Romans 7:17
Parallel Verses
New American Standard Bible
So now, no longer am I the one doing it, but sin which dwells in me.

King James Bible
Now then it is no more I that do it, but sin that dwelleth in me.

Darby Bible Translation
Now then it is no longer I that do it, but the sin that dwells in me.

World English Bible
So now it is no more I that do it, but sin which dwells in me.

Young's Literal Translation
and now it is no longer I that work it, but the sin dwelling in me,

Romans 7:17 Parallel
Commentary
Barnes' Notes on the Bible

It is no more I that do it - This is evidently figurative language, for it is really the man that sins when evil is committed. But the apostle makes a distinction between sin and what he intends by the pronoun "I". By the former he evidently means his corrupt nature. By the latter he refers to his renewed nature, his Christian principles. He means to say that he does not approve or love it in his present state, but that it is the result of his native propensities and passions. In his heart, and conscience, and habitual feeling, he did not choose to commit sin, but abhorred it. Thus, every Christian can say that he does not choose to do evil, but would wish to be perfect; that he hates sin, and yet that his corrupt passions lead him astray.

But sin - My corrupt passions and native propensities.

That dwelleth in me - Dwelling in me as its home. This is a strong expression, denoting that sin had taken up its habitation in the mind, and abode there. It had not been yet wholly dislodged. This expression stands in contrast with another that occurs, where it is said that "the Spirit of God dwells" in the Christian, Romans 8:9; 1 Corinthians 3:16. The sense is, that he is strongly influenced by sin on the one hand, and by the Spirit on the other. From this expression has arisen the phrase so common among Christians, in-dwelling sin.

Romans 7:17 Parallel Commentaries

Library
The Original and the Actual Relation of Man to Law.
ROMANS vii. 10.--"The commandment which, was ordained to life, I found to be unto death." The reader of St. Paul's Epistles is struck with the seemingly disparaging manner in which he speaks of the moral law. In one place, he tells his reader that "the law entered that the offence might abound;" in another, that "the law worketh wrath;" in another, that "sin shall not have dominion" over the believer because he is "not under the law;" in another, that Christians "are become dead to the law;" in
William G.T. Shedd—Sermons to the Natural Man

The Fainting Warrior
Now, humble Christians are often the dupes of a very foolish error. They look up to certain advanced saints and able ministers, and they say, "Surely, such men as these do not suffer as I do; they do not contend with the same evil passions as those which vex and trouble me." Ah! if they knew the heard of those men, if they could read their inward conflicts, they would soon discover that the nearer a man lives to God, the more intensely has he to mourn over his own evil heart, and the more his Master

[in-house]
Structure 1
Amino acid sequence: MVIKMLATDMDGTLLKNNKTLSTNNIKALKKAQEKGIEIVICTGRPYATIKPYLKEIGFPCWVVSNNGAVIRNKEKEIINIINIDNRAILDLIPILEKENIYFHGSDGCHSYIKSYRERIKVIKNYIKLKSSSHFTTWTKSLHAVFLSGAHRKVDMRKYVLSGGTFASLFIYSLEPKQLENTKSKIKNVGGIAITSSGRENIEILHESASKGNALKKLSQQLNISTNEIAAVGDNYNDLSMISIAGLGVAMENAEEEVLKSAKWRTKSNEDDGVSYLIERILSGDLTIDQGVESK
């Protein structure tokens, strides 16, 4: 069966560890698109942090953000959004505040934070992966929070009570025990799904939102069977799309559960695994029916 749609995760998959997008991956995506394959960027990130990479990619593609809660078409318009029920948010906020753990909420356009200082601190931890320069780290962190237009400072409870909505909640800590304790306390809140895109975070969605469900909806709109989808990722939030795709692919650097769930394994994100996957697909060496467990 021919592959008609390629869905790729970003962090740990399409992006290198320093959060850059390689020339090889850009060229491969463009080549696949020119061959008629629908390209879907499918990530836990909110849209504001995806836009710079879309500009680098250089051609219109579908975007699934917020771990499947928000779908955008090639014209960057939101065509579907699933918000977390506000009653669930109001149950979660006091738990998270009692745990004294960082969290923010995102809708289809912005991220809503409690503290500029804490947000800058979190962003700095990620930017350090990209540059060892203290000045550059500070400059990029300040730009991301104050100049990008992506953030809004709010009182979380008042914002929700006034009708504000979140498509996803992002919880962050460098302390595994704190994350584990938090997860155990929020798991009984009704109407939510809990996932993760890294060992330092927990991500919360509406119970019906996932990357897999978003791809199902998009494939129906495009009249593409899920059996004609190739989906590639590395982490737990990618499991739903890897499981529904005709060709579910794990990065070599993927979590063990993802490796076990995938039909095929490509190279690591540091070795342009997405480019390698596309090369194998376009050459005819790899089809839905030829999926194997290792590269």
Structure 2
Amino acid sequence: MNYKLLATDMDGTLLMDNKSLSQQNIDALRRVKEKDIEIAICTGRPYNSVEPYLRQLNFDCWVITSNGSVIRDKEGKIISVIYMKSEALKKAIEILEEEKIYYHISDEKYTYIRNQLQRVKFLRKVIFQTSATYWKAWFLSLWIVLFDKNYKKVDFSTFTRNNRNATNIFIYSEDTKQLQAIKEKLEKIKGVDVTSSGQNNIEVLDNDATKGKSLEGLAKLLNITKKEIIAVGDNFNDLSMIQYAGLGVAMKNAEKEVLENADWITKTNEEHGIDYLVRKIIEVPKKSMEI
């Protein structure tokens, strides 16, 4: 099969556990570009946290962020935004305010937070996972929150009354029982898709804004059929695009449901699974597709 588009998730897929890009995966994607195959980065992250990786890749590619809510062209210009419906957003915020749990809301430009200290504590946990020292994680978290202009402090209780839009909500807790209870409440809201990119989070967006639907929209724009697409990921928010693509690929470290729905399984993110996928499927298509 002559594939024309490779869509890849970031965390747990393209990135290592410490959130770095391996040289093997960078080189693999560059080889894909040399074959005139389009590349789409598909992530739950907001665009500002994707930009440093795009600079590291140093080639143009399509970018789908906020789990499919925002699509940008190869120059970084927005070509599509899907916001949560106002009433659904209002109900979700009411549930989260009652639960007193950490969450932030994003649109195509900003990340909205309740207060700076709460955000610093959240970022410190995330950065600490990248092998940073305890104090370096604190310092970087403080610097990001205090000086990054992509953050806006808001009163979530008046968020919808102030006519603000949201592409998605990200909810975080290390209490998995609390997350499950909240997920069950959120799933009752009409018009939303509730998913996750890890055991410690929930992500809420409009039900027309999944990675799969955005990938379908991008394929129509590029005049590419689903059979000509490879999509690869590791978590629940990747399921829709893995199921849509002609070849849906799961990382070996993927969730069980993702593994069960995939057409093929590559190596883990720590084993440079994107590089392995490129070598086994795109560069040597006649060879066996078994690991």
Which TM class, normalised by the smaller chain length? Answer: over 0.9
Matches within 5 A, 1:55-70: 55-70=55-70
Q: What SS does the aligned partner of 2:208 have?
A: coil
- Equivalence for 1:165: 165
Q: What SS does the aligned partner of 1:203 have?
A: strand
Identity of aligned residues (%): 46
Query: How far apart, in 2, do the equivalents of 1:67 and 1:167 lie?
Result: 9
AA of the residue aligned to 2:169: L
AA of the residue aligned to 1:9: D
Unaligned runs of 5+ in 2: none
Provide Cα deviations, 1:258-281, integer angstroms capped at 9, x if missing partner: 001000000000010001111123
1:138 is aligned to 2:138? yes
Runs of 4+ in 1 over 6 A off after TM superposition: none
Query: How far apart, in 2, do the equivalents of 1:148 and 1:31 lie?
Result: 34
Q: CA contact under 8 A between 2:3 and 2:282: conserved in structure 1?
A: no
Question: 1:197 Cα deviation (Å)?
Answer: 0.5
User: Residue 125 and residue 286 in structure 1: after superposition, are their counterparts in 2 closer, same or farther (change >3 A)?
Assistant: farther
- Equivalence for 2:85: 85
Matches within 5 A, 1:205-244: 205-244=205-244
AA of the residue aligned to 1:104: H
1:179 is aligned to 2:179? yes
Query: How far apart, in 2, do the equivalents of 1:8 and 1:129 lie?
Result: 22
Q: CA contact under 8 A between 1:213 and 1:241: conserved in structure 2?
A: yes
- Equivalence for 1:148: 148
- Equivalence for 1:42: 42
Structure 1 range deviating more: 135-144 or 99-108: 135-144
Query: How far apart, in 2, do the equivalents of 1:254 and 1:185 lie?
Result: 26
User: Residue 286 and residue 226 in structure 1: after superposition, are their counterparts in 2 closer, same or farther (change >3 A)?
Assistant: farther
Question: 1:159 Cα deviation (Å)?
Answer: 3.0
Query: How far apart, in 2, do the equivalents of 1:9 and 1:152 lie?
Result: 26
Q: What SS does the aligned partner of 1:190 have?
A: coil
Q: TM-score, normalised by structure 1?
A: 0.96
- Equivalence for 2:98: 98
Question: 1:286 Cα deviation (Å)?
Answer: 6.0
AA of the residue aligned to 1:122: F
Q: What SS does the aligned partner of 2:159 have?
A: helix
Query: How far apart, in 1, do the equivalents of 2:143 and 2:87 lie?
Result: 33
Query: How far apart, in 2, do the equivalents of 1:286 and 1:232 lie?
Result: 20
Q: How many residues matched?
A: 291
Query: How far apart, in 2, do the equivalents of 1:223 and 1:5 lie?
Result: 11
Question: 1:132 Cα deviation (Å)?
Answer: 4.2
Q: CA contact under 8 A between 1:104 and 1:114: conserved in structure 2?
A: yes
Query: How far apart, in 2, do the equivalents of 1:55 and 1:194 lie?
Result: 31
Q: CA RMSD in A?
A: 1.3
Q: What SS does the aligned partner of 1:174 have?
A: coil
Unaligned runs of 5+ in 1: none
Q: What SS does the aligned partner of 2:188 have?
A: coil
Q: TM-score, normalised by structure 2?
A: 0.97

Charles Haddon Spurgeon—Spurgeon's Sermons Volume 5: 1859

There are Therefore in us Evil Desires, by Consenting not unto which we Live...
20. There are therefore in us evil desires, by consenting not unto which we live not ill: there are in us lusts of sins, by obeying not which we perfect not evil, but by having them do not as yet perfect good. The Apostle shows both, that neither is good here perfected, where evil is so lusted after, nor evil here perfected, whereas such lust is not obeyed. The one forsooth he shows, where he says, "To will is present with me, but to perfect good is not;" [1875] the other, where he says, "Walk in
St. Augustine—On Continence

Its Source
Let us here review, briefly, the ground which we have already covered. We have seen, first, that "to justify" means to pronounce righteous. It is not a Divine work, but a Divine verdict, the sentence of the Supreme Court, declaring that the one justified stands perfectly conformed to all the requirements of the law. Justification assures the believer that the Judge of all the earth is for him, and not against him: that justice itself is on his side. Second, we dwelt upon the great and seemingly insoluable
Arthur W. Pink—The Doctrine of Justification

Cross References
Romans 7:20
But if I am doing the very thing I do not want, I am no longer the one doing it, but sin which dwells in me.

Romans 7:18
For I know that nothing good dwells in me, that is, in my flesh; for the willing is present in me, but the doing of the good is not.

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